While the exact cause of Alzheimer’s disease is unknown, scientists are able to identify certain factors that contribute to the eventual development of the disease. The Alzheimer’s Association details some of the risk factors.
The most prominent factors contributing to the disease are immutable—age, family history, and genetics.
- Age: The number one contributing factor is the most inevitable of all. Most individuals with the disease are age 65 or older. The likelihood of developing Alzheimer’s doubles about every five years after age 65. After age 85, the risk reaches nearly 50 percent.
- Family History: Those who have a parent, brother, sister or child with Alzheimer’s are more likely to develop the disease. The risk increases if more than one family member has the illness.
- Genetics: Alzheimer’s genes have been found in both of the categories of genes that play a role in whether or not a person will develop a disease. Risk Genes increase the likelihood of developing a disease, but do not guarantee it will happen. Deterministic Genes- directly cause disease, guaranteeing that anyone who inherits them will develop the disorder.
Other factors for Alzheimer’s are under your control.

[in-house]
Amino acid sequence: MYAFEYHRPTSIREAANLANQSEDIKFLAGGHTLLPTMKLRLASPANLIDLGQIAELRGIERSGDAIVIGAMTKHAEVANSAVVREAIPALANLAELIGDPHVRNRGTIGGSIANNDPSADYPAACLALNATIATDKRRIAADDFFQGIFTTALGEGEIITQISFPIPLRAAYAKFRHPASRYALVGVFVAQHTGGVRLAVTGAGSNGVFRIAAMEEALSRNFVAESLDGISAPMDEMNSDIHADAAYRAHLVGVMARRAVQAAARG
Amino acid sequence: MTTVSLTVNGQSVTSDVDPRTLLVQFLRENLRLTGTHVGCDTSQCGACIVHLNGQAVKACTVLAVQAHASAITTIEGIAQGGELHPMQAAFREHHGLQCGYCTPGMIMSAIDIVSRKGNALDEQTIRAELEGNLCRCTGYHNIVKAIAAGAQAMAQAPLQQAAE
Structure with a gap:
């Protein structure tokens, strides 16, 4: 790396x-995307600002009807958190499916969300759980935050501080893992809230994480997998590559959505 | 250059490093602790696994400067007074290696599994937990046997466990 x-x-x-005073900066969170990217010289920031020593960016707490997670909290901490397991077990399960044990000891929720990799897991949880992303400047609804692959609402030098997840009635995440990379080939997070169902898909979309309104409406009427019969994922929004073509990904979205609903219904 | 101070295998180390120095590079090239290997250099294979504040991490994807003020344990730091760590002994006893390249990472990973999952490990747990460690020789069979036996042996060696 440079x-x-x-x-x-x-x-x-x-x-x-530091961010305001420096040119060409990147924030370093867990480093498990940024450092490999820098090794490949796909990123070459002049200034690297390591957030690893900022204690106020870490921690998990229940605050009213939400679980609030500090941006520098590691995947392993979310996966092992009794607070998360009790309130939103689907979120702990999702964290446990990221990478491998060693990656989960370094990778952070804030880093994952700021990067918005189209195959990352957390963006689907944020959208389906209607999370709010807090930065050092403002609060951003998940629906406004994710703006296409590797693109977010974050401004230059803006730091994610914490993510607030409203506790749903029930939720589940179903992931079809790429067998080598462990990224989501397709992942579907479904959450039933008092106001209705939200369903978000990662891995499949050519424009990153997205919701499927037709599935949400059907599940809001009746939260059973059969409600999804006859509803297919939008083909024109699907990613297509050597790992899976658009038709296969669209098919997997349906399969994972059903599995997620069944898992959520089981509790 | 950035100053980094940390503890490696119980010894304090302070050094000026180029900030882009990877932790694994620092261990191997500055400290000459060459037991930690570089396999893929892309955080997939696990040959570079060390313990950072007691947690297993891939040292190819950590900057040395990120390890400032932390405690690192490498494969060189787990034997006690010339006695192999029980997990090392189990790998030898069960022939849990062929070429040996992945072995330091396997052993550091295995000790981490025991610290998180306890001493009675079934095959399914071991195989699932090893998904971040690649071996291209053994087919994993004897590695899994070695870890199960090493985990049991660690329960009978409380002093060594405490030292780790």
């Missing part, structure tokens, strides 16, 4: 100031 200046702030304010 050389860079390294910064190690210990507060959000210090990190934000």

- Head Trauma: Connections have been found between head trauma and eventual Alzheimer’s diagnosis, especially when the trauma is repeated and consciousness is lost. Protect your brain by buckling your seat belt, wearing your helmet when participating in sports, and “fall-proofing” your home.
- Head and Heart: Every heartbeat pumps about 20 to 25 percent of your blood to your head, where brain cells use at least 20 percent of the food and oxygen your blood carries. Conditions that damage your heart, damaging the efficient supply of blood and oxygen to your head, can also lead to Alzheimer’s risk. Protect yourself from hypertension, heart disease, stroke, diabetes and high cholesterol.
- General Healthy Aging: Staying active and healthy into your older age reduces your risk of developing Alzheimer’s. Try to keep your weight within recommended guidelines, avoid tobacco and excess alcohol, stay socially connected, and exercise both your body and mind.